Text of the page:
Mod­i­fied mosquitoes fail to beat malaria

Bri­tish com­pany ends two-year project

Edmonton Journal - - CLASSIFIED - SARAH KNAP­TON

LON­DON • Plans to use ge­net­i­cally-mod­i­fied mosquitoes to rid the world of the likes of malaria, dengue, yel­low fever and Zika have fal­tered after of­fi­cials ad­mit­ted that a ma­jor pilot project had not worked.

Ox­itec, the Bri­tish com­pany that was orig­i­nally a spinoff from Ox­ford Univer­sity, en­gi­neered a line of in­sects whose off­spring could not grow into adults, caus­ing the pop­u­la­tion to crash.

Mil­lions of the mosquitoes were re­leased at the Bri­tish Over­seas Ter­ri­tory of Grand Cay­man over the past two years, but last week Dwayne Sey­mour, the en­vi­ron­men­tal health min­is­ter, ad­mit­ted that “the scheme wasn’t get­ting the re­sults we were look­ing for” and would not be con­tin­ued, with the con­tract for­mally end­ing on Dec 31.

The Mos­quito Re­search and Con­trol Unit (MRCU) on Cay­man was con­cerned that it could put is­lan­ders at risk as it was feared that the ap­proach could make dis­eases worse by re­duc­ing im­mu­nity, as well as spread­ing an­tibi­otic-re­sis­tant bac­te­ria into the en­vi­ron­ment.

Ear­lier in the year, a free­dom of in­for­ma­tion re­quest by Ge­neWatch UK, the cam­paign group, un­cov­ered a brief­ing pa­per show­ing there had been “no sig­nif­i­cant re­duc­tion in the abun­dance of mosquitoes in the re­leased area.”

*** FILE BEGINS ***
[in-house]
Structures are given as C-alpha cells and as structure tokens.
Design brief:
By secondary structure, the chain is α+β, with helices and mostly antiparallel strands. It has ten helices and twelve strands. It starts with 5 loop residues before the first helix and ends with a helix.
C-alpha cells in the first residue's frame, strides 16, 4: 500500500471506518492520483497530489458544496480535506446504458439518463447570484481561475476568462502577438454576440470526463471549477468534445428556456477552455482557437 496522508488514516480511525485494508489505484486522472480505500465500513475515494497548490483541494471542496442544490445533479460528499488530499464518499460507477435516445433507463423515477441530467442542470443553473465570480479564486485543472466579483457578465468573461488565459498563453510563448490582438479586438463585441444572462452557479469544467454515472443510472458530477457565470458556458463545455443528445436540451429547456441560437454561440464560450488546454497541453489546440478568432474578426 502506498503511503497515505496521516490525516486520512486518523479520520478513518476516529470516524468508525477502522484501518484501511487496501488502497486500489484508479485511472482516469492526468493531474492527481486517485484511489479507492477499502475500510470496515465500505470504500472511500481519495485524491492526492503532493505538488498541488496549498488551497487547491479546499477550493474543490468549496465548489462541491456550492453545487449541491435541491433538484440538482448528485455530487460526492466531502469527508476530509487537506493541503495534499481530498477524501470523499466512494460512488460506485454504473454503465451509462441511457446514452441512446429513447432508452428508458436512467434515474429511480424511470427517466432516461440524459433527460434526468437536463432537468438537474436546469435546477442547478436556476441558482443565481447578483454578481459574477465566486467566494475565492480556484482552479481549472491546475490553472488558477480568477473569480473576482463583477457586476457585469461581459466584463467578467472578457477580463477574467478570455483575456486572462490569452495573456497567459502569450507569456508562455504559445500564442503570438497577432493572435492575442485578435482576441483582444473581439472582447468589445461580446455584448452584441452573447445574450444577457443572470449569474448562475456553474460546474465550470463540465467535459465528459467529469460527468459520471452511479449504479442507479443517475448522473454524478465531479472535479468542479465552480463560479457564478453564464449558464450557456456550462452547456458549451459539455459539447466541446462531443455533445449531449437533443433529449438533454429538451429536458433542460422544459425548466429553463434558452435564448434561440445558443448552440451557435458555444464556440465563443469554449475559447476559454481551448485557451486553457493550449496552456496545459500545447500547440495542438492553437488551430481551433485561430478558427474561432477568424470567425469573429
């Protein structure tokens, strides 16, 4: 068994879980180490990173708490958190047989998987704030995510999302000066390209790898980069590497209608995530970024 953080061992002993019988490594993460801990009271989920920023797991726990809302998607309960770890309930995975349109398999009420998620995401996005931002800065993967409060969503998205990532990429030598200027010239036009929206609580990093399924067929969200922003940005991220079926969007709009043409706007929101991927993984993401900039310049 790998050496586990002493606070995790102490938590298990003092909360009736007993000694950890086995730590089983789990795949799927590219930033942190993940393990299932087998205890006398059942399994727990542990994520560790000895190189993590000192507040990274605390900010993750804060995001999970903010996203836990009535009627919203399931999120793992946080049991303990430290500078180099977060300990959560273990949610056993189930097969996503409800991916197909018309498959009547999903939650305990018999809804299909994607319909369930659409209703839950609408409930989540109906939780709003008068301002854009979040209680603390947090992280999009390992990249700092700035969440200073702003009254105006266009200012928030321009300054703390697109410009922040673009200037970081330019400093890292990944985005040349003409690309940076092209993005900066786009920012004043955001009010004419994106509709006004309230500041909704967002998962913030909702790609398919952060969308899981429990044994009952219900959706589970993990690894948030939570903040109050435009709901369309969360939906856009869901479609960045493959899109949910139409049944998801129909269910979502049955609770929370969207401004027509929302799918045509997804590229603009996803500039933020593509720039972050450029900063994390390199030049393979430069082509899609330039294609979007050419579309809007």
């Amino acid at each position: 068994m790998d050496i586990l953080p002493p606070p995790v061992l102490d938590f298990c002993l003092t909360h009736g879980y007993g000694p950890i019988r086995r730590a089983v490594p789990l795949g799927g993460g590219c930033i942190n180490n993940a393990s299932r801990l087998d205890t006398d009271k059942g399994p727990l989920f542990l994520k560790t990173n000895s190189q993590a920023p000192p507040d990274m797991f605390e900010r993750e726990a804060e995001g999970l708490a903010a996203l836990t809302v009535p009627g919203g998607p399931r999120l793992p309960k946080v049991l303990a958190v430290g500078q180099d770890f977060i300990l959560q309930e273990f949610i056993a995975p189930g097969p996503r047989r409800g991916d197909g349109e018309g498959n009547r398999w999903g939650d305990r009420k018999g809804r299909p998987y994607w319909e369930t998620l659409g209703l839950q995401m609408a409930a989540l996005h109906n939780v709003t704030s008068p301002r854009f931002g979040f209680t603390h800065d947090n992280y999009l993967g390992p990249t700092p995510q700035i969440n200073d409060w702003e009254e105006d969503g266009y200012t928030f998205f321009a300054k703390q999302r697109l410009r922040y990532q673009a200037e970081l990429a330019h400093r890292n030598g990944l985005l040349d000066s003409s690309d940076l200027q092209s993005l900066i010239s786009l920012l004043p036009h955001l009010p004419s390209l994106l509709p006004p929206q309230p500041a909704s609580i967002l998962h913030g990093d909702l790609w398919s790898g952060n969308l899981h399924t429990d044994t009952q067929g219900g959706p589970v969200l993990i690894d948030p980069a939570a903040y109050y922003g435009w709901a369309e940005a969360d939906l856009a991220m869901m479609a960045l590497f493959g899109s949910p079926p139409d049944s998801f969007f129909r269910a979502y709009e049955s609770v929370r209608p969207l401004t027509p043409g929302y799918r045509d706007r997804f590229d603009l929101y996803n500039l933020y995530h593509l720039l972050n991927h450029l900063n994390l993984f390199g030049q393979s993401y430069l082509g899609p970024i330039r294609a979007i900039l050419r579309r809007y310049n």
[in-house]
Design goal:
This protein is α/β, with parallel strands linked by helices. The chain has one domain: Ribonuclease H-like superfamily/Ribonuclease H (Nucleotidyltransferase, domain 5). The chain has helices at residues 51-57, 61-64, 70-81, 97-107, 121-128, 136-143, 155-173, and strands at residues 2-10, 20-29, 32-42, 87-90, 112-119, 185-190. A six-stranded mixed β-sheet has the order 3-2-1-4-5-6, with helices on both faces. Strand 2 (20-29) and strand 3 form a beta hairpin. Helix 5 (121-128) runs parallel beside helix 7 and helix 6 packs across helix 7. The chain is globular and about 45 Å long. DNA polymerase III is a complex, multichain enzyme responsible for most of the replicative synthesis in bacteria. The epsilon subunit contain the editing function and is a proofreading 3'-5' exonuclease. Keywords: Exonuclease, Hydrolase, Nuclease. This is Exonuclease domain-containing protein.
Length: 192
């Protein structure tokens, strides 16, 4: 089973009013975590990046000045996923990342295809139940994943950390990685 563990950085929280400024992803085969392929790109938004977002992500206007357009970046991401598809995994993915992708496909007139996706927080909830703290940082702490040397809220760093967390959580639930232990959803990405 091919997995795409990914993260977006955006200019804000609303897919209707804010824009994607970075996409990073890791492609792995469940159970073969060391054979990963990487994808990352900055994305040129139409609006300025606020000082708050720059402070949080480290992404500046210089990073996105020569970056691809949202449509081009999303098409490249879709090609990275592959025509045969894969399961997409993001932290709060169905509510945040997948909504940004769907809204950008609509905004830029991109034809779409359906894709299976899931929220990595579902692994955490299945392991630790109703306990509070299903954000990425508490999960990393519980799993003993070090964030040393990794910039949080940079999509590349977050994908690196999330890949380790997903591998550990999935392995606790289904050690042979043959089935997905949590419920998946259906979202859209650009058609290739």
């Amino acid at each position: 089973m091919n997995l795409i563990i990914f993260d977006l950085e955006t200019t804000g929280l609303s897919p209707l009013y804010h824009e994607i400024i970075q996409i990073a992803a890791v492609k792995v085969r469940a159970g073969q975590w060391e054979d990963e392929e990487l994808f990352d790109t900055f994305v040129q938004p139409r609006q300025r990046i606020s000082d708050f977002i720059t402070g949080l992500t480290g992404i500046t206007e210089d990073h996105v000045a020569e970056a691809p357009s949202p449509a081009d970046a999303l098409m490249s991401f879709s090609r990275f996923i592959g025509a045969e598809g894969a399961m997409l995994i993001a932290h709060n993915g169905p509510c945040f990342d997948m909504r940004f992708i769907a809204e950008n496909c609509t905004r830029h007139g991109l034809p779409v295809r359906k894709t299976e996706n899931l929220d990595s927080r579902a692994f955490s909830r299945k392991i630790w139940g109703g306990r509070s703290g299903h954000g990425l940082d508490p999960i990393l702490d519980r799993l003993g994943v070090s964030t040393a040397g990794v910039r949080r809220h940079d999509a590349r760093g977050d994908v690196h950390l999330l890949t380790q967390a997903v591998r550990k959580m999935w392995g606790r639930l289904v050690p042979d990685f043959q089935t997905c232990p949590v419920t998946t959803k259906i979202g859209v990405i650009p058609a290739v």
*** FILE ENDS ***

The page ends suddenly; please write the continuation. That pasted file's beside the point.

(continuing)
They also dis­cov­ered that the num­bers of fe­male mosquitoes that can bite and spread dis­ease had in­creased.

He­len Wal­lace, direc­tor of Ge­neWatch UK, warned that spend­ing money on new tech­nolo­gies was wast­ing money and putting lives at risk by di­vert­ing lim­ited re­sources. Lo­cals also ob­jected to the re­lease and launched le­gal pro­ceed­ings, although judges later ruled the project could go ahead.

How­ever, James Mc­Nelly, the MRCU direc­tor, said the col­lab­o­ra­tion had been pos­i­tive and that work would be con­tin­u­ing over the next few months to as­sess the ef­fi­cacy.

Mc­Nelly said: “The project has given us valu­able in­sight into how Ox­itec’s ap­proach might be in­te­grated with our con­ven­tional tools.”

Pi­lots of ge­net­i­cal­ly­mod­i­fied in­sects are con­tin­u­ing else­where.

In Septem­ber, Burk­ina Faso granted Tar­get Malaria per­mis­sion to re­lease 10,000 ster­ile male mosquitoes.

Im­pe­rial Col­lege also demon­strated this year that it could cause crashes of pop­u­la­tions of mosquitoes us­ing gene driven tech­nol­ogy.

How­ever, the Lon­don team said it would be at least five to 10 years be­fore they would con­sider re­leas­ing the in­sects into the wild.

CHRIS­TIAN PUYGRENIER / AFP / GETTY IM­AGES

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